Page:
Disgraced Ferrari technical manager Nigel Stepney has been interviewed by the Italian magistrate investigating the final throes of the espionage saga that rocked Formula One last season.

The Briton, who denies any wrongdoing in either that affair or an alleged sabotage attempt against his employer ahead of last year's Monaco Grand Prix, told reporters that he felt 'very calm' after the interview, which was conducted by Modena prosecutor Giuseppe Tibis, who has been appointed to deal with Ferrari's grievances.

Although the spying matter has been settled on a sporting level by a World Motor Sport Council hearing - with rival McLaren being fined $100m and docked all of its 2007 points for designer Mike Coughlan's role in accepting information from Stepney - the Scuderia is intent on pursuing private proceedings against figures it feels are key to the whole affair. Former McLaren driver Fernando Alonso and team-mate Pedro de la Rosa have already been interviewed by Tibis, while a meeting with McLaren boss Ron Dennis and members of the team management has been rescheduled for a later date.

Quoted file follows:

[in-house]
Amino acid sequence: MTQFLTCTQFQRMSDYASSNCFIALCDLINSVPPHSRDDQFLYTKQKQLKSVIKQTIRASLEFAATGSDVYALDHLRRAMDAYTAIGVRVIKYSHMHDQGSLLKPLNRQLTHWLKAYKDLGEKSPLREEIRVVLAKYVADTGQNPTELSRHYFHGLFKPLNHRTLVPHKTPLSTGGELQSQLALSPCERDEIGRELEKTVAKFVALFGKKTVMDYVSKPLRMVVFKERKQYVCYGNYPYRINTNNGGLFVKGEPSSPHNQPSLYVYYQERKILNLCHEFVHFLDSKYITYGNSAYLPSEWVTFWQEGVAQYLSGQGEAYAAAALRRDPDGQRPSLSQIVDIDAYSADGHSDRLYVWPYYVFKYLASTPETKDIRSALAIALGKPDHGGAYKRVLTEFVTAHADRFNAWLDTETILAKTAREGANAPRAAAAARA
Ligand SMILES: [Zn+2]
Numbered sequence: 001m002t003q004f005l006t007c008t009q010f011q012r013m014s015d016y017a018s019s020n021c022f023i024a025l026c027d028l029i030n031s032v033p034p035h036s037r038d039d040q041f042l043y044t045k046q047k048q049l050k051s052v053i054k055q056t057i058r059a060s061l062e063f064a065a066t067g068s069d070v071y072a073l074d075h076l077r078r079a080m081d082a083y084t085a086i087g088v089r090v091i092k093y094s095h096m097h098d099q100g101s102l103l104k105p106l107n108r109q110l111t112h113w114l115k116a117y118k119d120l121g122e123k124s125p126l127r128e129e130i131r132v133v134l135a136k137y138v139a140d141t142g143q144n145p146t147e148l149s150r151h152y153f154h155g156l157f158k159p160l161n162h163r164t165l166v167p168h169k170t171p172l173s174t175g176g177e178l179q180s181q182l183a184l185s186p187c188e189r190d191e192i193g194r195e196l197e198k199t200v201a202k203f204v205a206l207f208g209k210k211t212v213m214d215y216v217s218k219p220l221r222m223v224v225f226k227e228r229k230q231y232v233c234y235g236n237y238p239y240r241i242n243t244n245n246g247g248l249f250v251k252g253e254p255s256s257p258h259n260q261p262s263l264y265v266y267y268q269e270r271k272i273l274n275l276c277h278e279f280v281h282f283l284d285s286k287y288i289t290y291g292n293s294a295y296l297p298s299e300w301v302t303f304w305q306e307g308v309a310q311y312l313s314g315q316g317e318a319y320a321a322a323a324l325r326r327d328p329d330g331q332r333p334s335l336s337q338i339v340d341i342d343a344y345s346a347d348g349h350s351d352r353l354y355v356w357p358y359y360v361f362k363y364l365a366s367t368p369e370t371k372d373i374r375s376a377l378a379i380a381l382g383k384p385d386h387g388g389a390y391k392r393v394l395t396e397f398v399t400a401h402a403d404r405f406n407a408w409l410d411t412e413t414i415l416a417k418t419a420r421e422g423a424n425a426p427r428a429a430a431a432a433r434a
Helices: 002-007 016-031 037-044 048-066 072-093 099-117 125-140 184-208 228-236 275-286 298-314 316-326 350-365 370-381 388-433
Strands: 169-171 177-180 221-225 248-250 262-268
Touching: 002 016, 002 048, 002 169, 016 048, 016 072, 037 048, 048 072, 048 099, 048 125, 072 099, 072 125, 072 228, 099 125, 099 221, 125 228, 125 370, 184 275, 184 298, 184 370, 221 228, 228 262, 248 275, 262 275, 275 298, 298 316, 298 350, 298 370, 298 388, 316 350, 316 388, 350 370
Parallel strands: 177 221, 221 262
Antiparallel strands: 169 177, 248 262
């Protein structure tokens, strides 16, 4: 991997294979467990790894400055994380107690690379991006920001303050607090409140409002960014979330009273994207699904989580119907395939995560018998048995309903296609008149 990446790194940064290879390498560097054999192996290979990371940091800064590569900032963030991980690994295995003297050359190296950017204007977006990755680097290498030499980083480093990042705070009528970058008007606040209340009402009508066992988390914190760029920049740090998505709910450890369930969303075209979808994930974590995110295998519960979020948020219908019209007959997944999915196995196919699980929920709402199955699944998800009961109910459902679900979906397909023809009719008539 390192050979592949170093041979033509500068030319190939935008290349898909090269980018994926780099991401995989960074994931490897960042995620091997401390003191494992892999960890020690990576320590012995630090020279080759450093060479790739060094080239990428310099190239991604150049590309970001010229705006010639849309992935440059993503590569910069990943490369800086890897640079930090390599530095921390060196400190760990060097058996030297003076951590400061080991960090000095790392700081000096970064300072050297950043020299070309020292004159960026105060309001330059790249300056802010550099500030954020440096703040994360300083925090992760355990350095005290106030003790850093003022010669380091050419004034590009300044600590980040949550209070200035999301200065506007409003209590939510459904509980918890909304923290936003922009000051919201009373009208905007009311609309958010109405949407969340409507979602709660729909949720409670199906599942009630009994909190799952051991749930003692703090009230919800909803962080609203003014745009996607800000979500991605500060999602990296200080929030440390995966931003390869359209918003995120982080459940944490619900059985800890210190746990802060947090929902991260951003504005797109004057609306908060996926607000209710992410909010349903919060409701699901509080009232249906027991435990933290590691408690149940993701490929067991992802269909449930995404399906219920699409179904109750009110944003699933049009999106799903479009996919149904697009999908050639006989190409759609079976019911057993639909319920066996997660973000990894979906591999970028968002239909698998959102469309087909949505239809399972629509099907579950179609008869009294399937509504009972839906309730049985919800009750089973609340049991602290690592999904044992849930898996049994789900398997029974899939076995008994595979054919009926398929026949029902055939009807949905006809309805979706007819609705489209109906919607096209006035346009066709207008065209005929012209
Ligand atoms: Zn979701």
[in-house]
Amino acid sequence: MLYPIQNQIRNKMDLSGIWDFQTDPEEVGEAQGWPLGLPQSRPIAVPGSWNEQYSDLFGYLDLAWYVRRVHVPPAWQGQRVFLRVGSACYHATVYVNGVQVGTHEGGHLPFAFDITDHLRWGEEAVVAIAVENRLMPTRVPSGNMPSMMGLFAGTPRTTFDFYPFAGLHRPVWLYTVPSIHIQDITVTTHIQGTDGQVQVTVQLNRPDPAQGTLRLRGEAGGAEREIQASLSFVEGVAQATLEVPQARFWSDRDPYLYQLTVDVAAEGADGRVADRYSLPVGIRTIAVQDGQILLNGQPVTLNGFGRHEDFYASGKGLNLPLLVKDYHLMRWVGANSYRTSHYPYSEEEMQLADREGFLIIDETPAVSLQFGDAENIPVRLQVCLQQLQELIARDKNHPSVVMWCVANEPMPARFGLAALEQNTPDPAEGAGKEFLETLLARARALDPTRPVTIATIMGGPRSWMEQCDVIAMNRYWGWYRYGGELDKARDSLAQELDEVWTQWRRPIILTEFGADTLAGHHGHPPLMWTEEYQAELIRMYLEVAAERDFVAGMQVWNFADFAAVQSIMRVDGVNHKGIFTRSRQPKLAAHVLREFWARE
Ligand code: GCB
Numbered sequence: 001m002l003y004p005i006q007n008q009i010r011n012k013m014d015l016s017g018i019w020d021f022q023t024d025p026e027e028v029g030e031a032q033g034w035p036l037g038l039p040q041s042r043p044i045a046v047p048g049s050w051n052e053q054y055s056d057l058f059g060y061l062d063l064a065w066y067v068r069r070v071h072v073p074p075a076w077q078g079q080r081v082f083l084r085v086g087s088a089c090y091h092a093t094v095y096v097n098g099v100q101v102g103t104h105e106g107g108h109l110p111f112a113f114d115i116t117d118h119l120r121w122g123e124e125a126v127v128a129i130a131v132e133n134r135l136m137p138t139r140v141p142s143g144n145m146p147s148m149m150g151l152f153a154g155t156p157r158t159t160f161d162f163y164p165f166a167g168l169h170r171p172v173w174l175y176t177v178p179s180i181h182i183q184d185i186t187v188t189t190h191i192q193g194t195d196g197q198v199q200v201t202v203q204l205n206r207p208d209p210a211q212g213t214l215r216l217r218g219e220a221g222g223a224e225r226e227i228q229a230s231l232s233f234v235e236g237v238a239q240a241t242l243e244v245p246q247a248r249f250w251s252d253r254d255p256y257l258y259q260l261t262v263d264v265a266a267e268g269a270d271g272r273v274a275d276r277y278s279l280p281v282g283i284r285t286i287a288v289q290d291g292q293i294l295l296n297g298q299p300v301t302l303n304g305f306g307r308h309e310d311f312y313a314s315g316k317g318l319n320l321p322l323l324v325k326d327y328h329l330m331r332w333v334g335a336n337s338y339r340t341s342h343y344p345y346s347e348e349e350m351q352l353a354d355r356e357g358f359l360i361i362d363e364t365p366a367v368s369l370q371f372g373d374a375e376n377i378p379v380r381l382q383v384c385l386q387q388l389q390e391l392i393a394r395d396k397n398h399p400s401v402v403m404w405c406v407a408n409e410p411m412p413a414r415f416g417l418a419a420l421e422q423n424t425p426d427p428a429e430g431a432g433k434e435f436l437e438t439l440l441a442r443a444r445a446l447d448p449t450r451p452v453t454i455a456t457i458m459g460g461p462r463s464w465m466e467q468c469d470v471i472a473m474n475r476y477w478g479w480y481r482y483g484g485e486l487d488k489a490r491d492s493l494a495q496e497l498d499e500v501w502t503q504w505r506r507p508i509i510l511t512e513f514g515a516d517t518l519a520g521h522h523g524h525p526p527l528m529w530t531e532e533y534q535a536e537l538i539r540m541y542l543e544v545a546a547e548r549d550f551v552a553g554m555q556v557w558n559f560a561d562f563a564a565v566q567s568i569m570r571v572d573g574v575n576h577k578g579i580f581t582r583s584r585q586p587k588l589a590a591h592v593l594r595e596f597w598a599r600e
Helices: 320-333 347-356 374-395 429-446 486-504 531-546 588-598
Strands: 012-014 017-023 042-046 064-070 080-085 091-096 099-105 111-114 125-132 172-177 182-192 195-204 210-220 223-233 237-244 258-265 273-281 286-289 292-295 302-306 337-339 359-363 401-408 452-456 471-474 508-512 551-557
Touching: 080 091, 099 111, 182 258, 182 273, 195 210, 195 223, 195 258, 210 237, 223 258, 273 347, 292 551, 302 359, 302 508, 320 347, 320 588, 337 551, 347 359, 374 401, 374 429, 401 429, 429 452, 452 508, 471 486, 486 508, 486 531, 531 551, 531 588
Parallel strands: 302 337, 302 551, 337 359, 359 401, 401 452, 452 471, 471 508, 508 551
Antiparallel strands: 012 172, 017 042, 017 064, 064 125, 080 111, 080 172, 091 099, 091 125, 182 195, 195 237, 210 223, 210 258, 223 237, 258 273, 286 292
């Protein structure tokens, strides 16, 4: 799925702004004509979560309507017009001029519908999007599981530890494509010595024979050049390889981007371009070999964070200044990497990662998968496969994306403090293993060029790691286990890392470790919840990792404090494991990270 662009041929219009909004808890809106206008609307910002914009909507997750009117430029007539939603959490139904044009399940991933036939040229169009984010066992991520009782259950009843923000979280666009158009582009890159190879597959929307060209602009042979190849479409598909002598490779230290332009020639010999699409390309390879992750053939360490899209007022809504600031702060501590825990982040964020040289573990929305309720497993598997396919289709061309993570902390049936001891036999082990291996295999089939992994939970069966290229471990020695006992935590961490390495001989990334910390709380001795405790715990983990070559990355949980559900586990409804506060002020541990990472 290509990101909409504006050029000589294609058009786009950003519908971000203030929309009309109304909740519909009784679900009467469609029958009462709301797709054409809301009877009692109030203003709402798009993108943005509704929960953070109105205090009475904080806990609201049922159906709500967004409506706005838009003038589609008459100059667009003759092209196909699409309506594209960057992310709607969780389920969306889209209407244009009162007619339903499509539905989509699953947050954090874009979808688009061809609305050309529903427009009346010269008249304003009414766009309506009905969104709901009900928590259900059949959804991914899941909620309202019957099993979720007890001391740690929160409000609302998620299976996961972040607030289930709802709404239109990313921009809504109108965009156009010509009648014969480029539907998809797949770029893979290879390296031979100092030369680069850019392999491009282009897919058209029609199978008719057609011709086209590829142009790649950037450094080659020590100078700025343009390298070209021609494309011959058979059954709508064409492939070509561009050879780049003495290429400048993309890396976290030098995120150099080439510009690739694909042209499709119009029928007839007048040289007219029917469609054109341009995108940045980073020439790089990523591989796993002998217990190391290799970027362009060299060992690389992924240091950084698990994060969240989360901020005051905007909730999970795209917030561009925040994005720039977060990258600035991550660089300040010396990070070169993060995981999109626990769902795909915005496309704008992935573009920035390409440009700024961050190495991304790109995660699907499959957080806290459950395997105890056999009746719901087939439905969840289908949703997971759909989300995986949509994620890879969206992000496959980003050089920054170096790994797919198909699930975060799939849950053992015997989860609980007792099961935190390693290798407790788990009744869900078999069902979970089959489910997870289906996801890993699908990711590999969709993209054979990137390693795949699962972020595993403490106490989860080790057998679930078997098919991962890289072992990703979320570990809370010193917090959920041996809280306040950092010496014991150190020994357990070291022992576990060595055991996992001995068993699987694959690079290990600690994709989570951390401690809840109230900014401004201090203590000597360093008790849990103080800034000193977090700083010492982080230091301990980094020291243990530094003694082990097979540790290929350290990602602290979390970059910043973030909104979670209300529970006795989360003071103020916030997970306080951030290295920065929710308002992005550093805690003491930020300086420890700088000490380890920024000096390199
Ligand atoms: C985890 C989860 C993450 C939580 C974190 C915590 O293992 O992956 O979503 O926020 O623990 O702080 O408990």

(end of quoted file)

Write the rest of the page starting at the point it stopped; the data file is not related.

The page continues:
Stepney, who was described by Tibis as both 'collaborative and thorough' during their meeting, insists that he has done nothing wrong, although he admits to having contact with Coughlan - something his lawyer, Sonia Bartolini, confirmed before claiming that others had not been investigated deeply enough about their roles in the affair.

Stepney has apologised to McLaren for how the matter turned out, but maintains that he never intended for any of the information disclosed to be used by the British team. Instead, he confirms the suspicions of many inside the sport that he had intended to collude with Coughlan in taking their pooled knowledge to a third party - widely rumoured to have been the ailing Honda team now headed by former Ferrari technical chief Ross Brawn.

"I don't feel responsible in any way at all for what happened at McLaren," Stepney told Sky Sports' World Motorsports programme earlier this year, "My original idea was to make contact with somebody - not to benefit, but to see what I could do somewhere else with a group of people. Obviously, it got a bit sensitive and somebody used information more than I actually thought it [would be used]. It should never have been used to that extreme."

Stepney, who was also accused of attempting to sabotage Ferrari's cars ahead of the Monaco Grand Prix when white powder was found in the fuel tanks, has also hinted that much of the espionage row lies unrevealed, suggesting Ferrari had got off extremely lightly, having received key information about McLaren's car from Coughlan.

The 49-year old has since found employment with Gigawave, a company producing on-board cameras for the FIA GT Championship, MotoGP and other major series, which also has links to a GT1 team bearing its name.